It's Not Enough to Just Delete Old Messages in Outlook, You've Got to Compact

BY STANLEY ZAROWIN

Q: My Outlook has been running really slow, and I finally figured it’s probably because my Inbox and Deleted Items files are huge. I’m embarrassed to say that I’ve accumulated several years of e-mails. So I recently spent an hour or so of quality time deleting messages. But now, after all that effort, I find my pst file, which holds all of Outlook’s data, is still about as large as it was before I did those deletes, and my e-mail is still sluggish. To make matters worse, when I delete a whole bunch at a time, my system keeps hanging up with an Out of memory error. Can you help me get out of this mess?

 

A: Let’s tackle one problem at a time. You’re discovering that it’s not enough to just delete old messages. You’ve got to take one more step: defrag the .pst data files, which in Outlook’s lingo is called Compacting.

 

To compact a .pst file in Outlook 2003, click on File, then on Data File Management and Settings and finally on Compact Now (see screenshot atop the next column). The defragging will probably take a few minutes—depending on the size and degree of fragmentation of the file. When it’s done, click on OK.

 

 

For Outlook 2007, click on File, Data File Management, which opens the Account Settings dialog box. Go to the Data Files tab and click on Settings and finally on Compact Now.

 

Now, let’s tackle why your system hangs up when you try to delete a large number of e-mails. I would bet you’re connected to Exchange Server, and Outlook is trying its best to communicate with the server for every deletion, but its getting overwhelmed. So, when you’re ready to do a major deletion, first disconnect from the server. Then, after the wholesale deletion is finished, reconnect and your computer will sync with the server in the background.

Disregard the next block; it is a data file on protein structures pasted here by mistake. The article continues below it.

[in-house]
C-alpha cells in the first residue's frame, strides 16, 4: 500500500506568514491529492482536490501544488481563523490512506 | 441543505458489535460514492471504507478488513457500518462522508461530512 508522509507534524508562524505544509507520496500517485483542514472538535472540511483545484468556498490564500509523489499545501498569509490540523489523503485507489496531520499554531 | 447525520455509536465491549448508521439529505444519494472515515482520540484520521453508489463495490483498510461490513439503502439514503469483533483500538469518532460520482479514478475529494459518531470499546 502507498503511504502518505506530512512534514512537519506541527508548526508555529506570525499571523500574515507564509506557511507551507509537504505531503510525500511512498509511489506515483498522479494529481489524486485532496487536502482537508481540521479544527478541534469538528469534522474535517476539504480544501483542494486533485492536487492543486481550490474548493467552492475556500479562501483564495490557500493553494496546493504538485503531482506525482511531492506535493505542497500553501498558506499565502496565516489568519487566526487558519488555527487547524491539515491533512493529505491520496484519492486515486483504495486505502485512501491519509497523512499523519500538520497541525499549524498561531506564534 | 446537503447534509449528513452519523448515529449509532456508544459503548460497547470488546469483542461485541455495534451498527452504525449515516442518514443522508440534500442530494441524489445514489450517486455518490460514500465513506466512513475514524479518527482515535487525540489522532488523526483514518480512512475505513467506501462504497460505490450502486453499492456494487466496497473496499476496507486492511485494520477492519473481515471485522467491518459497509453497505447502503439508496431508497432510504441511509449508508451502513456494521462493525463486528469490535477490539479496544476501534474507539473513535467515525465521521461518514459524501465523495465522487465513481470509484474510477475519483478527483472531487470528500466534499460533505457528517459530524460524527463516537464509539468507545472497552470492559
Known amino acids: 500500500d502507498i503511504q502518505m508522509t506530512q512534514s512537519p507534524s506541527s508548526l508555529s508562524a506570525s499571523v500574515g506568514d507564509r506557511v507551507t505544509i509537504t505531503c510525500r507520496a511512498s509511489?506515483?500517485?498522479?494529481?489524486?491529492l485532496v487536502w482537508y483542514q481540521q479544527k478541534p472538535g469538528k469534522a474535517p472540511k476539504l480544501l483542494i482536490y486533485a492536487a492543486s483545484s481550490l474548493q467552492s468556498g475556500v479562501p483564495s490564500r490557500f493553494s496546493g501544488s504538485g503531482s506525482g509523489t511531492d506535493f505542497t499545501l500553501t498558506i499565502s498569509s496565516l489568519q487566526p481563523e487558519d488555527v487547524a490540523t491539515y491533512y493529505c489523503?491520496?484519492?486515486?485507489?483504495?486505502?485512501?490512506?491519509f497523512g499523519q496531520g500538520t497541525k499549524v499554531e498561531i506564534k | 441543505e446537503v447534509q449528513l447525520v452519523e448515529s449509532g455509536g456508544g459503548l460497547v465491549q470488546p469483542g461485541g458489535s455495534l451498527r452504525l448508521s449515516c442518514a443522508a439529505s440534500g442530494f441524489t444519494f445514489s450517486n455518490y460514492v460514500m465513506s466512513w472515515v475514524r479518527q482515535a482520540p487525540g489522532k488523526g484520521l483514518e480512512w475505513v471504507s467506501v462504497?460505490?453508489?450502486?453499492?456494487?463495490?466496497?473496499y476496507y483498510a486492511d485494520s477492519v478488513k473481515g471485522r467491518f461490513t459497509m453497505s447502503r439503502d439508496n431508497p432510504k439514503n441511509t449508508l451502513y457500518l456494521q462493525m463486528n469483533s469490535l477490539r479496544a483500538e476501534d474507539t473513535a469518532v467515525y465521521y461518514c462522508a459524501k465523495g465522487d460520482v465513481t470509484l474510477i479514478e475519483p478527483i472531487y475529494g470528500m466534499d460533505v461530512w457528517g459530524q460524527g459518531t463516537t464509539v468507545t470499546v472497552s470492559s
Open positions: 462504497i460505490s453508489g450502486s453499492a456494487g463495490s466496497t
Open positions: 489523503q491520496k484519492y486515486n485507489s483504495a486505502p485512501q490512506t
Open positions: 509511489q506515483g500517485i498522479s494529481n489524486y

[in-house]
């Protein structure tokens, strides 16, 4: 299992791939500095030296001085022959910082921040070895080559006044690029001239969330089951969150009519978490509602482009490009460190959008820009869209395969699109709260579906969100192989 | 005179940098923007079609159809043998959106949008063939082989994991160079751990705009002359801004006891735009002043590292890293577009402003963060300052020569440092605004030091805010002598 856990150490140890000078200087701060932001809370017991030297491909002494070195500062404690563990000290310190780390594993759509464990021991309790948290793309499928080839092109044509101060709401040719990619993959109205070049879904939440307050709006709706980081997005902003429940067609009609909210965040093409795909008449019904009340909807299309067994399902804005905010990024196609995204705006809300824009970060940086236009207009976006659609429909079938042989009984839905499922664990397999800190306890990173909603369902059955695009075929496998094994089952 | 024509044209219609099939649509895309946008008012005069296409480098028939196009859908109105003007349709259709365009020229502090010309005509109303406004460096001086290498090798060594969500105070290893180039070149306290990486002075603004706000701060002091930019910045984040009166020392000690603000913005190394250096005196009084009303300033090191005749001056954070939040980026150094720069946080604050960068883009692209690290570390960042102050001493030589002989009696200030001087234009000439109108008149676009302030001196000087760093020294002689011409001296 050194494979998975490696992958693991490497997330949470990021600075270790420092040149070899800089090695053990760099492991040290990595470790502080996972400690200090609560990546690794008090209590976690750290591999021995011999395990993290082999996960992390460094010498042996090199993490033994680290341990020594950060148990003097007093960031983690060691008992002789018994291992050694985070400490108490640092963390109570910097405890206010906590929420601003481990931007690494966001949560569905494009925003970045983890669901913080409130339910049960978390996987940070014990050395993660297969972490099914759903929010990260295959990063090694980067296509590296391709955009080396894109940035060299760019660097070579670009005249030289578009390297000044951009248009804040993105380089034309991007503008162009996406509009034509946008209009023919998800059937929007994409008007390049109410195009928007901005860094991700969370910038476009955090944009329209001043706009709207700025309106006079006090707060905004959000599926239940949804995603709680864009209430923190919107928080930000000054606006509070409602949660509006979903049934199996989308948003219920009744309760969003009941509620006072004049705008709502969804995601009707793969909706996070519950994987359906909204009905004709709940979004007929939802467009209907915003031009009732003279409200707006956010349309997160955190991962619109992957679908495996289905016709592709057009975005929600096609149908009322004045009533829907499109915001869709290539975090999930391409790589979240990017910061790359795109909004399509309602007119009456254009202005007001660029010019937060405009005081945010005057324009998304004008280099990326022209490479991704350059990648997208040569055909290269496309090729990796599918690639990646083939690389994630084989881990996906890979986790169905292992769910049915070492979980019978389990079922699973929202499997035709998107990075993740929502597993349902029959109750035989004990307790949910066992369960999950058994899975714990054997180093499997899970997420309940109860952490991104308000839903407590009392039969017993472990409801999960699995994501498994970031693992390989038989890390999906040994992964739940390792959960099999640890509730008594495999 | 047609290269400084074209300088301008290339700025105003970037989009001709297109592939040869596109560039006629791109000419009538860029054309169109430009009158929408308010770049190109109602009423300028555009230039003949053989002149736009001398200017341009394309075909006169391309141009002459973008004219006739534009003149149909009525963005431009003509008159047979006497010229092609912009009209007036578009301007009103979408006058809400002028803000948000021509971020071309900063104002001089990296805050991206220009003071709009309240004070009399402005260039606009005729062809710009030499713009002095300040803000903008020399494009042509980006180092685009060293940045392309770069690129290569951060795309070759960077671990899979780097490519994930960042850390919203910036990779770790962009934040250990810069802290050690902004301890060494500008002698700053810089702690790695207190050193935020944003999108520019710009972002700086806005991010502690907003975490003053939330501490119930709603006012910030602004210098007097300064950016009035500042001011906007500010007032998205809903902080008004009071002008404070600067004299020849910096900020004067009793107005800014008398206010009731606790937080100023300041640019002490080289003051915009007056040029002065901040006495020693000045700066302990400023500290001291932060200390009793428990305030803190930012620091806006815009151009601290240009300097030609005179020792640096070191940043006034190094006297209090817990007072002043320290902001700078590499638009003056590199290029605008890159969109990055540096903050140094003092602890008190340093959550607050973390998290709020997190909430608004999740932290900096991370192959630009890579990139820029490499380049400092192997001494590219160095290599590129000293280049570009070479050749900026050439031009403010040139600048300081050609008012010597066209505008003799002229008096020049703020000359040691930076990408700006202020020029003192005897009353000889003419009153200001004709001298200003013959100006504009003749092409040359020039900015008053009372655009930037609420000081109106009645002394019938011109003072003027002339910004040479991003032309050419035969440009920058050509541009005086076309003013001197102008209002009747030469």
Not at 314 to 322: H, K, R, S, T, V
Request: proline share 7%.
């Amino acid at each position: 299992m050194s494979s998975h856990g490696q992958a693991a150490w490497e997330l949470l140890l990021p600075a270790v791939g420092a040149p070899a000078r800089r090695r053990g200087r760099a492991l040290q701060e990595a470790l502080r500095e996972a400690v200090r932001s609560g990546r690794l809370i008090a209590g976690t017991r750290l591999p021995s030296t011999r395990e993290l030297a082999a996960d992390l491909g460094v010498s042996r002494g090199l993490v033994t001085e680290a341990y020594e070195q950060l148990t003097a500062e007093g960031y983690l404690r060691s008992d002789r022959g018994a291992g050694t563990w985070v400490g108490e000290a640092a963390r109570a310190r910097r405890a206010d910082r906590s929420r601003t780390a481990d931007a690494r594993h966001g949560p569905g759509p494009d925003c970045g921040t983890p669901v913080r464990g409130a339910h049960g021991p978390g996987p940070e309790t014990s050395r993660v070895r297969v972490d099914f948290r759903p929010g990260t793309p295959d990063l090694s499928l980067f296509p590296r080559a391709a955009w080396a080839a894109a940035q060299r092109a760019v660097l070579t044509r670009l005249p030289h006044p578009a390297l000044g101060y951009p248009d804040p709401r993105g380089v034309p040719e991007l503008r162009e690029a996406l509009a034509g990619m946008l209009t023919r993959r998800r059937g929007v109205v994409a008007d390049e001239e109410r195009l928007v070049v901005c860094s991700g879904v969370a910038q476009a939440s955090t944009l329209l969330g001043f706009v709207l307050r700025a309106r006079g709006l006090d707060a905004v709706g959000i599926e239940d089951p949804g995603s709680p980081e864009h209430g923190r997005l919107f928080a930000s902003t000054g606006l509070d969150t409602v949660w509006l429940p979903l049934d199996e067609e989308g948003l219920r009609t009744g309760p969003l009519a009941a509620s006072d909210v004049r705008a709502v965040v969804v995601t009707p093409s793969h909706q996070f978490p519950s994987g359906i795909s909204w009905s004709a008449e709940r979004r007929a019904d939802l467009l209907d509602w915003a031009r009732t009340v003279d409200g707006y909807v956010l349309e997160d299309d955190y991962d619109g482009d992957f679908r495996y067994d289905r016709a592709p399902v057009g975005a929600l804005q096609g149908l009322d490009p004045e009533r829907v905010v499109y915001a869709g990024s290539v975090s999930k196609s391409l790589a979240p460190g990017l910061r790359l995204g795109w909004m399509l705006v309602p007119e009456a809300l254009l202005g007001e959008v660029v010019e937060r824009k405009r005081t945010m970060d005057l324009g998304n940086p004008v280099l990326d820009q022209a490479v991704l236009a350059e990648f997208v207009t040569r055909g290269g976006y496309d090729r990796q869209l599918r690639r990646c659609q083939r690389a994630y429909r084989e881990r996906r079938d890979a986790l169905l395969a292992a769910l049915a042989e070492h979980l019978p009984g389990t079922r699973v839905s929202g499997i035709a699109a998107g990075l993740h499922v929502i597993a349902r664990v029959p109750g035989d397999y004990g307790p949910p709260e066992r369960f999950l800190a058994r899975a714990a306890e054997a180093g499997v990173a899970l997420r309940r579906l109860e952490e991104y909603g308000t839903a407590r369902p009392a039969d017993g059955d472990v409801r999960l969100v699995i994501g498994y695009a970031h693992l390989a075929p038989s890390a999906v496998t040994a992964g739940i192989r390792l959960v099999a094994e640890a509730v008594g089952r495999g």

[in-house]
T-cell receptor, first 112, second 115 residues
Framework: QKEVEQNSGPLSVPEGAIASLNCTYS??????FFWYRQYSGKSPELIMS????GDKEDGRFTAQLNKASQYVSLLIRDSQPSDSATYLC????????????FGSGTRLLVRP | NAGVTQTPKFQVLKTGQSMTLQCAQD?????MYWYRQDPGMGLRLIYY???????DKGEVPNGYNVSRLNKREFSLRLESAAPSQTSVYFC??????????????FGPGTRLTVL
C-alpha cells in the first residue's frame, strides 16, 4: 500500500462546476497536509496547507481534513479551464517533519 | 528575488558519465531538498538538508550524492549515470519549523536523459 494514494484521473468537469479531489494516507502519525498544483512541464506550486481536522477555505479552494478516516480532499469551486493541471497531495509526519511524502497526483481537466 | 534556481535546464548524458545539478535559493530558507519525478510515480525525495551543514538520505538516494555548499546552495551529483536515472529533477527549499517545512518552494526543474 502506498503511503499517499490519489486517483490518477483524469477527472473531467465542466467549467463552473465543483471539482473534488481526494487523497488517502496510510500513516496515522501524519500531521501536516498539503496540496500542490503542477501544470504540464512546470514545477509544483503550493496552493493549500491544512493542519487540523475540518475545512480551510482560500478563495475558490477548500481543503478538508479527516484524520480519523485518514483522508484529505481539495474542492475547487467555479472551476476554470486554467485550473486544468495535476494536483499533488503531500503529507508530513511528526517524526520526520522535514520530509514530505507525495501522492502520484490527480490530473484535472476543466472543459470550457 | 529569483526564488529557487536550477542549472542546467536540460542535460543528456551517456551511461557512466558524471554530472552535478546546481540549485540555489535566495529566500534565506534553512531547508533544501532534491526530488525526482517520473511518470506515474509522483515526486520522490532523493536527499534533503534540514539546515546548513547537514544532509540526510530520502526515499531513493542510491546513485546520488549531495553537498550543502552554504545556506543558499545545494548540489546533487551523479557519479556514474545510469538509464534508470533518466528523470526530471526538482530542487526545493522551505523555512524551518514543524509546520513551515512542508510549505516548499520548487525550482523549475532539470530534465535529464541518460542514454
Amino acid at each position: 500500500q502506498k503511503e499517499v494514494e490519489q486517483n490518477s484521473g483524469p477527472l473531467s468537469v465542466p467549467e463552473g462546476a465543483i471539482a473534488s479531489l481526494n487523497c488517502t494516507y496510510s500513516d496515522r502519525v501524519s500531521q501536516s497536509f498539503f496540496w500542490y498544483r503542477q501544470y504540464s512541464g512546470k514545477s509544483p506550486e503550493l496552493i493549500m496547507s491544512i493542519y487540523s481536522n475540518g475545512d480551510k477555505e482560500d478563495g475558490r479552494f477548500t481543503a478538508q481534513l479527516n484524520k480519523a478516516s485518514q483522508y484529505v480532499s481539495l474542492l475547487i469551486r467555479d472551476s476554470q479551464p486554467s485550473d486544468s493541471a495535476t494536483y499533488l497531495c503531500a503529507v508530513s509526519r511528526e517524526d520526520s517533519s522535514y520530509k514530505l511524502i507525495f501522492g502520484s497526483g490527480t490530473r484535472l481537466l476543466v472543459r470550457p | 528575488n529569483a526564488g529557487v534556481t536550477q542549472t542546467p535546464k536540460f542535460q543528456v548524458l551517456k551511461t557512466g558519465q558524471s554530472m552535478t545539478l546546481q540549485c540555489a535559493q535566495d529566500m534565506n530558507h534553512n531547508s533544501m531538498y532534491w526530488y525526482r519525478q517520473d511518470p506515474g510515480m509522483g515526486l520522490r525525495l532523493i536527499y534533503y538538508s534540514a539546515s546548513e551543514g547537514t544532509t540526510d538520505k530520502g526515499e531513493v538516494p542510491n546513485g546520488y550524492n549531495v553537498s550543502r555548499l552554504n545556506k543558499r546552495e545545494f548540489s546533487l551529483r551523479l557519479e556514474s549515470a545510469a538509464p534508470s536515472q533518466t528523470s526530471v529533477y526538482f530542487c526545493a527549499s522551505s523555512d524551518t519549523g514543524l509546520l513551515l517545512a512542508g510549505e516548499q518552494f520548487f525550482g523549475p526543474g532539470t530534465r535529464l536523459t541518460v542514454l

Finally, let’s get to the heart of the matter: You’re doing a poor job of e-mail housekeeping. Here is what you should be doing to keep Outlook running smoothly.

 

First, don’t let your Inbox balloon. Move messages to Deleted Items when you’re reasonably sure you don’t need them. Also, if you need a place to temporarily store certain messages, use the color flags to code their priorities. Better yet, consider creating subfolders under your Inbox by right-clicking on that icon and creating a new folder with a distinct name. Every month or so, scan what’s in Deleted Items and clean out those you really don’t need. Do the same with the Junk E-mail folder and delete those that got through the filter.

 

Tip: If you want to completely delete an e-mail, don’t just click on Delete or it will go into the Deleted Items folder. Instead, erase it with Shift+Delete.

 

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